Ryder Hesjedal: Giro d'Italia winner admits past doping
Canadian cyclist Ryder Hesjedal, winner of the 2012 Giro d'Italia, has admitted doping "more than 10 years ago".
The 32-year-old Garmin-Sharp rider responded to allegations by Dane Michael Rasmussen, who said earlier that he taught Hesjedal how to take the banned blood-booster EPO in 2003.
Rasmussen was at Rabobank at the time, while Hesjedal was a mountain bike rider in their development team.
“I believe that being truthful will help the sport continue to move forward”
"More than a decade ago I chose the wrong path," said Hesjedal.
"Even though those mistakes happened more than 10 years ago, and they were short-lived, it does not change the fact I made them and I have lived with that and been sorry for it ever since.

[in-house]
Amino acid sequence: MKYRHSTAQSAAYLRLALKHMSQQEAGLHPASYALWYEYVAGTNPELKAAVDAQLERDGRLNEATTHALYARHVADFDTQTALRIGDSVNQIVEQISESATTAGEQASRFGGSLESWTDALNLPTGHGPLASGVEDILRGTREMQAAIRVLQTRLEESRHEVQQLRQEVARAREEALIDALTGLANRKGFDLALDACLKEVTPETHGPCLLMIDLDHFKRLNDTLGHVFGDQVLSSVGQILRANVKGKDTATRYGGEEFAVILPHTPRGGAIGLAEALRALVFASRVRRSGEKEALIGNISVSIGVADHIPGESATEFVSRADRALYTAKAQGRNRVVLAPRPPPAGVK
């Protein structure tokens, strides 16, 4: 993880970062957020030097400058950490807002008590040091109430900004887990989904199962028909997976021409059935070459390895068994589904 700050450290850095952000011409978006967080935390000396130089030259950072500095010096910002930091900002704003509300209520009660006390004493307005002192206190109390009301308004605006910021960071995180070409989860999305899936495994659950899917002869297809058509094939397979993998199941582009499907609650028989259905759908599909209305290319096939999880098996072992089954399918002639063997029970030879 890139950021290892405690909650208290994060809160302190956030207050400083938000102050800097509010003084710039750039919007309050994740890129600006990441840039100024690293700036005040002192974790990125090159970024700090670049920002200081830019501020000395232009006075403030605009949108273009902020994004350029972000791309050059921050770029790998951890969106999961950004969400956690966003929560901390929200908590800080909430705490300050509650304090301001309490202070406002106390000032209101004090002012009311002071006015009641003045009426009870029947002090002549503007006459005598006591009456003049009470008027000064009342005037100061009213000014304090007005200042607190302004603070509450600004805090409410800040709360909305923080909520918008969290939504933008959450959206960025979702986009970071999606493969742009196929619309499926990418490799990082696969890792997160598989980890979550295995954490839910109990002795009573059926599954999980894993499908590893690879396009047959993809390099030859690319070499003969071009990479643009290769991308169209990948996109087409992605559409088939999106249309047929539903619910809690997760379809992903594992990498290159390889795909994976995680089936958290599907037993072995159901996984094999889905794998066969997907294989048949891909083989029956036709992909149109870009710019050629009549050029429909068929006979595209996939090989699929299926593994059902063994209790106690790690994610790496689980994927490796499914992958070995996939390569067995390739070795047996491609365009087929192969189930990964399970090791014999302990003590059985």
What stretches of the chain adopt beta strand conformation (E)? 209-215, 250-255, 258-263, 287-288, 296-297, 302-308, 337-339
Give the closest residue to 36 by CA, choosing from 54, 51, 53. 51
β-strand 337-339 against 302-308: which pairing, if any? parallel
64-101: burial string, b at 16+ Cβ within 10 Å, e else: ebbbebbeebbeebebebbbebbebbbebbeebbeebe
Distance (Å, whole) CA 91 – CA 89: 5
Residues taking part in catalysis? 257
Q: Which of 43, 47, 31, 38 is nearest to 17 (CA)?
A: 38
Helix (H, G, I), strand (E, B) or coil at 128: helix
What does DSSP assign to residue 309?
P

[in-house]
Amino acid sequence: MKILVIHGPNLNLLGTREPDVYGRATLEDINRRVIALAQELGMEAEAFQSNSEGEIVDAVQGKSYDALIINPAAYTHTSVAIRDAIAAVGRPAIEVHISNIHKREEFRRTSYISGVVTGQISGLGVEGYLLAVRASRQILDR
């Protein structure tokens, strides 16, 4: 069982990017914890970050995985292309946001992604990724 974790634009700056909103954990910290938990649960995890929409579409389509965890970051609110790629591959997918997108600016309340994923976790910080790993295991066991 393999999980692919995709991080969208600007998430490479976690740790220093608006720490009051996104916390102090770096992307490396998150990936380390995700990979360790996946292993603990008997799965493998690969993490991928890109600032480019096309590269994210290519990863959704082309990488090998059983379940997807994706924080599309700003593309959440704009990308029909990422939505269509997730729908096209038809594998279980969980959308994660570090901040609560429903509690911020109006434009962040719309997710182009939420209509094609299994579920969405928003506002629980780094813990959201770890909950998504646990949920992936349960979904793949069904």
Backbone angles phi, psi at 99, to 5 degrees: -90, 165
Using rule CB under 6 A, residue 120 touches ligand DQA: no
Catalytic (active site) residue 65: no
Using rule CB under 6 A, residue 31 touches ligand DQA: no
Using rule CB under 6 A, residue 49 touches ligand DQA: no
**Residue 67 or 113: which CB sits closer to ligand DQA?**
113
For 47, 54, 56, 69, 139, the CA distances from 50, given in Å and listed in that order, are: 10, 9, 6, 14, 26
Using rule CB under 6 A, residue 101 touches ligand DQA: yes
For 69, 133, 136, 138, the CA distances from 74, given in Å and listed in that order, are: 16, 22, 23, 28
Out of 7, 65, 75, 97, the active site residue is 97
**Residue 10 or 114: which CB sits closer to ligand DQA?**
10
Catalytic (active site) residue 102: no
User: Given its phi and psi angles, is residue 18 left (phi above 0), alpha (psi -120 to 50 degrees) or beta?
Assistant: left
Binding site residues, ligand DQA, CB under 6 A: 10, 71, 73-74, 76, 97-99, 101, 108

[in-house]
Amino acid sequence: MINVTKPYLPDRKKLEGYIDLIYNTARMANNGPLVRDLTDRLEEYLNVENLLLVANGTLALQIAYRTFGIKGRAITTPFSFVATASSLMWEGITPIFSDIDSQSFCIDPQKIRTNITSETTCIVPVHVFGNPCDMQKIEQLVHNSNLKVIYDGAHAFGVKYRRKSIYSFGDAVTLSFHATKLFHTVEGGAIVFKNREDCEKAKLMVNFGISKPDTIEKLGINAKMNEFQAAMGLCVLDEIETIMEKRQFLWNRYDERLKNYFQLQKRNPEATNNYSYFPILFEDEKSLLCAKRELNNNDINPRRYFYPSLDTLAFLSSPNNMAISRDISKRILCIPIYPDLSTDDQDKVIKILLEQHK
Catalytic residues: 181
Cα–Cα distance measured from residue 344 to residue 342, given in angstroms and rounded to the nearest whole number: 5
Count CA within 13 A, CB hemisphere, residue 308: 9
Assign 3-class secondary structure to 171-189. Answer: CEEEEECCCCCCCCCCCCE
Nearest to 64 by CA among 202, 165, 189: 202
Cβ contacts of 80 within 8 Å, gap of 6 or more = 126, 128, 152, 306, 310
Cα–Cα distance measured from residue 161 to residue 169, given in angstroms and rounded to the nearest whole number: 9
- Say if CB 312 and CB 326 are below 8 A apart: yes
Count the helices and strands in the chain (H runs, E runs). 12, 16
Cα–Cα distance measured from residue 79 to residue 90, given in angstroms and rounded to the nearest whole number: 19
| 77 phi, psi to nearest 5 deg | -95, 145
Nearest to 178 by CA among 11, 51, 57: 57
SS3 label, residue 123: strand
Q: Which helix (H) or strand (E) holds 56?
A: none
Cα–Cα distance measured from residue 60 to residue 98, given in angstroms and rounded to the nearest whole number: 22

"I believe that being truthful will help the sport continue to move forward, and over a year ago when I was contacted by anti-doping authorities, I was open and honest about my past."
Hesjedal was one of several riders and managers called to testify by the US Anti-Doping Agency (Usada) in the case against Lance Armstrong, who was stripped of his seven Tour de France titles for doping.
Hesjedal was one of Armstrong's team-mates at U.S. Postal and Discovery Channel in 2004 and 2005.
However, he is confident the sport is now on the right path and his current team are backing their rider.
"As we have previously stated, our expectation is that anyone in our organisation contacted by any anti-doping authority must be open and honest with that authority," said a Garmin statement.
"Ryder is no exception and a year ago when he was contacted he cooperated fully and truthfully testified to Usada and CCES (Canadian Centre for Ethics in Sport).
"For this reason and because of our desire for 100% truth and reconciliation in the sport of cycling, we support him."
Rasmussen admitted earlier this year that he had doped throughout his 12-year professional career, from 1998 to 2010.